Jewish World Review July 15, 2002 / 6 Menachem-Av, 5762

Paul Greenberg

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Science vs. art: Ted Williams and Joe DiMaggio

http://www.NewsAndOpinion.com | There are two kinds of people in the world and never the twain shall meet: Chocolate or vanilla. Scotch or bourbon. Mountains or beach. Name your own great division of the species.

In the Baseball Nation, it's Joe DiMaggio or Ted Williams. Art or science. You pays your money and takes your choice at the nearest sports bar. Or just the office water cooler. When news came that Ted Williams had proved mortal at 83, the debate started again.

On paper, it's no contest. Did you see Ted Williams' stats in Saturday's paper? Fifth highest all-time batting average, 12th in RBIs, 12th in home runs, third in walks, second only to Babe Ruth in slugging percentage .

But not even in baseball, where numbers have the power words do in literature, do they tell the whole story or even the most important part of it. DiMaggio had something beyond the numerical: an indefinable grace. Ted Williams said it: "DiMaggio even looks good striking out." As in literature, style is all. And you can't put a number on it.

Besides, there's one impossible number that belongs, surely forever, to DiMaggio: 56. The number of consecutive games in which he hit in the magnificent summer of '41. Ted Williams may have the numbers, but DiMaggio has The number.

Ted Williams was a magnetic figure, too, but his effect was wholly different. I remember seeing him play, almost at the end of his career, a legend in the flesh. It was a night game at Comiskey Park, I remember the foul ball I almost snagged, the blonde I was with, and Ted Williams. But the only recollection that has remained vivid is the one of Williams. Even the way he waited on deck, not quite resting on one knee, wholly concentrated on what he was about to do.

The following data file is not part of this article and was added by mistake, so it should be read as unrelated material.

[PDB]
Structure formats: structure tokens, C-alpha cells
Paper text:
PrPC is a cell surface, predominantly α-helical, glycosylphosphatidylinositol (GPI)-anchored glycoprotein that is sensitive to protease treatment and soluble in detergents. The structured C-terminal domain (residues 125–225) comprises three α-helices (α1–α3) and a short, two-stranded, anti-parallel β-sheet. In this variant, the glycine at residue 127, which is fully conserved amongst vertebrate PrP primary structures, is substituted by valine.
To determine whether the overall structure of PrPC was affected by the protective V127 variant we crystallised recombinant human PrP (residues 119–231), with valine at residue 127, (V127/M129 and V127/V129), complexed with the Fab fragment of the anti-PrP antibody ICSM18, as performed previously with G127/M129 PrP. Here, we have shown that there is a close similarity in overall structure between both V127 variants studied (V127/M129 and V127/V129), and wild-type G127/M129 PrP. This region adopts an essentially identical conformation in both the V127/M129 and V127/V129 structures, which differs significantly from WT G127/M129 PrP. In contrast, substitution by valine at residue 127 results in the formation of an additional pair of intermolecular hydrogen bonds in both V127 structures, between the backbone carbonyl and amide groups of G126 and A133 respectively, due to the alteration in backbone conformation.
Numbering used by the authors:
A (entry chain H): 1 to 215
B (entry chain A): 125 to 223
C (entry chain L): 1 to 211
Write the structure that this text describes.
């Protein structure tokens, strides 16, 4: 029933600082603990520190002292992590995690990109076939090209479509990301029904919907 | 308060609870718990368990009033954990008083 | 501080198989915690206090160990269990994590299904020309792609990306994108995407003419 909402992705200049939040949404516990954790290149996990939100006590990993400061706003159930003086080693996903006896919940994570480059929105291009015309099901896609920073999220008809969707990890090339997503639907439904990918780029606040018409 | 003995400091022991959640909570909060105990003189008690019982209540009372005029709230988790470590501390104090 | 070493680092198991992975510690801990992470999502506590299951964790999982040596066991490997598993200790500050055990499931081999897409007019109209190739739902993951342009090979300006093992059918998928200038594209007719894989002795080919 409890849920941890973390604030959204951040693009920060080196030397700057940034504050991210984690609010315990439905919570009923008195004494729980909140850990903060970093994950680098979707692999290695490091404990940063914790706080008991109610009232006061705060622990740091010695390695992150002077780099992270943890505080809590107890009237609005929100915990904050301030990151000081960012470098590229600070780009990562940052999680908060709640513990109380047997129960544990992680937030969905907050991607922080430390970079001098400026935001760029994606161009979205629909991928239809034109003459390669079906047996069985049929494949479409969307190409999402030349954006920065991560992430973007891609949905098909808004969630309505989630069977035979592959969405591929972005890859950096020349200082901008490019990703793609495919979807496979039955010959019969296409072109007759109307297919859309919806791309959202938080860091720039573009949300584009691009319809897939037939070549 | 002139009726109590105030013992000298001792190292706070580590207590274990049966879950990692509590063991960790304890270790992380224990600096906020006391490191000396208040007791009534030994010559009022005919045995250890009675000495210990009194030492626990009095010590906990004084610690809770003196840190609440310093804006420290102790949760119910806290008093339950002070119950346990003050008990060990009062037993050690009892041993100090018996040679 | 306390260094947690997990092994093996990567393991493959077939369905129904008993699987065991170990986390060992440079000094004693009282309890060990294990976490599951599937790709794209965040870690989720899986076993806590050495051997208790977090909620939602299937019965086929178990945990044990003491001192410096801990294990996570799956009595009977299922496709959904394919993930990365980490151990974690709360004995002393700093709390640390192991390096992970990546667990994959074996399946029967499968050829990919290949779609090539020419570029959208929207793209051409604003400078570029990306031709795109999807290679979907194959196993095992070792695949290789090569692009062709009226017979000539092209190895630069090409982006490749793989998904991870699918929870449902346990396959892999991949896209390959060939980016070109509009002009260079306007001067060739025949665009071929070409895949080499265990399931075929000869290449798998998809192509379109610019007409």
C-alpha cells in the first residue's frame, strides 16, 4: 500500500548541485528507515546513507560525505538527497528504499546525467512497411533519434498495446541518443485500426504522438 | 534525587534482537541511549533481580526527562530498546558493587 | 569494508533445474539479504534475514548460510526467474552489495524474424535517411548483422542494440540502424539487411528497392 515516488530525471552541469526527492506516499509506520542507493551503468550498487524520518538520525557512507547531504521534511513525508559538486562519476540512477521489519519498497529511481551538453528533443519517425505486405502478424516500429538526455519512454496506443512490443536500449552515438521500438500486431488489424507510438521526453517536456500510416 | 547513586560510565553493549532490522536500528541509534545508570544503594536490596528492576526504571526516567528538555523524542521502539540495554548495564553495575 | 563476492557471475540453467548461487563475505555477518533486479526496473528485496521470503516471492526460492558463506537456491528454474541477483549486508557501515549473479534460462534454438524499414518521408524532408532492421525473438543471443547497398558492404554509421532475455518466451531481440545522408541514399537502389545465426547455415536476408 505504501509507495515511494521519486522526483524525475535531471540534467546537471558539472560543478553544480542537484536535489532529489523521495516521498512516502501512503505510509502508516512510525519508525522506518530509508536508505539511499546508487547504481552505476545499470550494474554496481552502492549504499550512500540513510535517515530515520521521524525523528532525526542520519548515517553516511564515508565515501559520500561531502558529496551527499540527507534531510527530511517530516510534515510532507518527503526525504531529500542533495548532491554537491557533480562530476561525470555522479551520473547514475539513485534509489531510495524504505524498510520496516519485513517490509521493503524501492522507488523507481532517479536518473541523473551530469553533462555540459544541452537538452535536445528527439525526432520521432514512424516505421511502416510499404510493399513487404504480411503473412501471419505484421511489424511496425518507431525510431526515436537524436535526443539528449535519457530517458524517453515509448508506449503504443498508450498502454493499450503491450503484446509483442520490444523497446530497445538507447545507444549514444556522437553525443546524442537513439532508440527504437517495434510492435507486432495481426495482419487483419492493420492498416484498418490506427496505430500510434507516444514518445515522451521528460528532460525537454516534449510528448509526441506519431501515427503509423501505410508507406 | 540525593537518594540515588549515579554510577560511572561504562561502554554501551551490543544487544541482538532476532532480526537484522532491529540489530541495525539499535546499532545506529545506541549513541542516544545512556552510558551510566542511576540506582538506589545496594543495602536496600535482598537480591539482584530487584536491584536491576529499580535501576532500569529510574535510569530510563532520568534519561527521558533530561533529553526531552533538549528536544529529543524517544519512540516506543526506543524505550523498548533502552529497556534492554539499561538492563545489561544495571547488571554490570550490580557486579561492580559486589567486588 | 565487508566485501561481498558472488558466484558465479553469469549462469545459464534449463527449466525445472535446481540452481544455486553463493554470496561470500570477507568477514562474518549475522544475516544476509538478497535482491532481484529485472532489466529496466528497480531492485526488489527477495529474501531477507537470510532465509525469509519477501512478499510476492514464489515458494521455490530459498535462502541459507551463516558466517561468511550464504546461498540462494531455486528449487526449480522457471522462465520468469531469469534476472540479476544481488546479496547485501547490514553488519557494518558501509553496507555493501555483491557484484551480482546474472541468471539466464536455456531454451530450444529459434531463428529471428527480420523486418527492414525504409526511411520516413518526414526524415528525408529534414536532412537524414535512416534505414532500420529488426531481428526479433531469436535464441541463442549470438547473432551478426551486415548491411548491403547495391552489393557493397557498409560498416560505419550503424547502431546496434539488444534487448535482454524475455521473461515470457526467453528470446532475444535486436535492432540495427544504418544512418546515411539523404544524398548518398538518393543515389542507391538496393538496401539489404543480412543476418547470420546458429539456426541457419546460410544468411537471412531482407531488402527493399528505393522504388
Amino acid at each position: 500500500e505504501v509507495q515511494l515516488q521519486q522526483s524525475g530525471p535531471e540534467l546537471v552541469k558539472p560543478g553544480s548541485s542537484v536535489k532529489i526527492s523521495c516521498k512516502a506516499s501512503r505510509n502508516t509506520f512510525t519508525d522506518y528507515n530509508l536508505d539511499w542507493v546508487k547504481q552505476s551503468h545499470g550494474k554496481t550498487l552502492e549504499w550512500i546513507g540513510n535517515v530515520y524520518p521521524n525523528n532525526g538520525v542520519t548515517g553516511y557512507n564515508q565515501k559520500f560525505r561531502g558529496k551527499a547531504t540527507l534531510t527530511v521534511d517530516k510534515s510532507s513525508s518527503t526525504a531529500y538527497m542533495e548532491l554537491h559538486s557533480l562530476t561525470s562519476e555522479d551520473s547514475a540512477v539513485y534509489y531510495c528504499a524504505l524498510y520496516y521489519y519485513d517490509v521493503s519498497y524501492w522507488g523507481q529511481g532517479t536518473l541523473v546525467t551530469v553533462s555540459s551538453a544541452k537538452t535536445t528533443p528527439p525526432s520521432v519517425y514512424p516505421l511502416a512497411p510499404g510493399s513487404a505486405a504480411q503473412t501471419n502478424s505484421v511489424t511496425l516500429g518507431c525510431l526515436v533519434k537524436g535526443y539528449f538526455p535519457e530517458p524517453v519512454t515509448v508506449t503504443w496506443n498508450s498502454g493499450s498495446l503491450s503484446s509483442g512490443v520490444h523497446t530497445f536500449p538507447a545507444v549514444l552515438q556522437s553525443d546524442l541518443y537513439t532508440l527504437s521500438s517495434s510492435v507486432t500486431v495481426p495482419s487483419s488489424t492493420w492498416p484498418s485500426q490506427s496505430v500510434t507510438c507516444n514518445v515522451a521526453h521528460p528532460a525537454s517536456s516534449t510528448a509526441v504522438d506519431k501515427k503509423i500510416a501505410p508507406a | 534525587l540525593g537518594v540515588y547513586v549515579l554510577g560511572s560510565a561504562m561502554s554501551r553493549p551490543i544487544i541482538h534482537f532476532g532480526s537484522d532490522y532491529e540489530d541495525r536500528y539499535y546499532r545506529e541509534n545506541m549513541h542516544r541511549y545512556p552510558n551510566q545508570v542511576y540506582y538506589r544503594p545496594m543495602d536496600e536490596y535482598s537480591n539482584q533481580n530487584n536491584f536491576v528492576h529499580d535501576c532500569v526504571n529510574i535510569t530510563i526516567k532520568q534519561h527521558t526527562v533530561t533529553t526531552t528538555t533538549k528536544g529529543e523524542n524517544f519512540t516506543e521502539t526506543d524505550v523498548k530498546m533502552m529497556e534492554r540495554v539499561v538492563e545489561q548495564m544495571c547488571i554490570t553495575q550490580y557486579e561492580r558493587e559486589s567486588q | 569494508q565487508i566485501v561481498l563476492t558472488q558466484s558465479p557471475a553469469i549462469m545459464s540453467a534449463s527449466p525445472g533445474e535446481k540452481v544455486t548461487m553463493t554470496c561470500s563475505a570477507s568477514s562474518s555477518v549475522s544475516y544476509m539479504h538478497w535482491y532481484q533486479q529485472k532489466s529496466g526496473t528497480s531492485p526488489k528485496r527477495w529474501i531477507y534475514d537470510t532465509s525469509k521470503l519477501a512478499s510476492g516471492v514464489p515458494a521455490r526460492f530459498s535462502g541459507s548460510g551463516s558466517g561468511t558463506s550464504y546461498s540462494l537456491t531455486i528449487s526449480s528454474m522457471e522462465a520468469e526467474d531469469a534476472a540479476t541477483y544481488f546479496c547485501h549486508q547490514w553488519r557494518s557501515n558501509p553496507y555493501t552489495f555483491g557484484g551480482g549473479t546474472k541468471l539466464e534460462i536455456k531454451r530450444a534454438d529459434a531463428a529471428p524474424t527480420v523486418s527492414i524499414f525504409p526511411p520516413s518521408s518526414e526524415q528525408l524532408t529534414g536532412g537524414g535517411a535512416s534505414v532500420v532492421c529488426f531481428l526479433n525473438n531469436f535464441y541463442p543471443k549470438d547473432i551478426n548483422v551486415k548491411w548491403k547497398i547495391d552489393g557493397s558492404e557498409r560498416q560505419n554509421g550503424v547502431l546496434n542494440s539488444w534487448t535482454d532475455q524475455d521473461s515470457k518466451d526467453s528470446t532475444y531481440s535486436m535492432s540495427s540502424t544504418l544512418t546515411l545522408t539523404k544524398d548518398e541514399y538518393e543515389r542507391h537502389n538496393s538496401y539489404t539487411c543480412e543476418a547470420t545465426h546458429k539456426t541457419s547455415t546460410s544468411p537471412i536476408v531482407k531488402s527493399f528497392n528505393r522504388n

It was as if for him the fans, the ballpark, the universe didn't exist. I remember the way he swung, from far back in the box, straight and slightly up like a rifle shot to right field. Or beyond it.

Ted Williams' pride went all the way through, which is one definition of honor. He was within a hair of hitting .400 his third year with Boston, and could have sat out the last double-header of the season to preserve that high-water mark. (His average would have been rounded up to .400.) But he insisted on doing it right. He wound up hitting 6 for 8, which gave him .406 for the season. It was his finest hour, a case of honor rewarded.

Ted Williams was no mystic. Indeed, he demystified hitting, the way a scholar would a poem, a physicist an atom, breaking it down into its constituent parts: "From then on, I always used lighter bats, usually thirty-three or four ounces, sometimes as light as thirty-one. In the earlier part of the year, I'd go for the heavier ones. Weight tolerance can be a big thing with me."

Williams turned hitting into a science. Much as he did fishing. Or flying a fighter jet in Korea, where for a time he was John Glenn's wing man. He explained things. Systematically. When he had a mind to. For he did not suffer fools or fandom gladly.

Joe DiMaggio would no more explain himself than a Greek statue would. Maybe he couldn't. Any more than the vessel can explain the wine. When he wrote his as-told-to book, "Lucky to Be a Yankee," he made a point of not explaining. ("It has always been a theory of mine that hitting is a God-given gift, like being able to run fast, or throw hard.")

Years later, when a young catcher named Berra asked him how to handle a certain pitcher, DiMaggio non-explained: "Just walk up to the plate and hit the ball."

Ted Williams, who never minded being rude, was always the perfect gentleman about DiMaggio, his great rival. Science doesn't have anything against art; it wishes only to understand, dissect, appreciate it, unaware that it is destroying what it admires.

DiMaggio, to whom grace meant never showing the struggle it took to be a natural, resented Williams -- as art will resent science. DiMaggio wanted the mysteries kept intact, and not just those on the field but off.

"All I want out of life," Ted Williams once told a friend, "is that when I walk down the street folks will say, 'There goes the greatest hitter that ever lived.'"

All Joe DiMaggio sought, on and off the field, though he was never open enough to admit it, was perfection.

Each fulfilled his ambition in his own, still fascinating way. They were two different species of players, and maybe of men. And they gave baseball the best of both.

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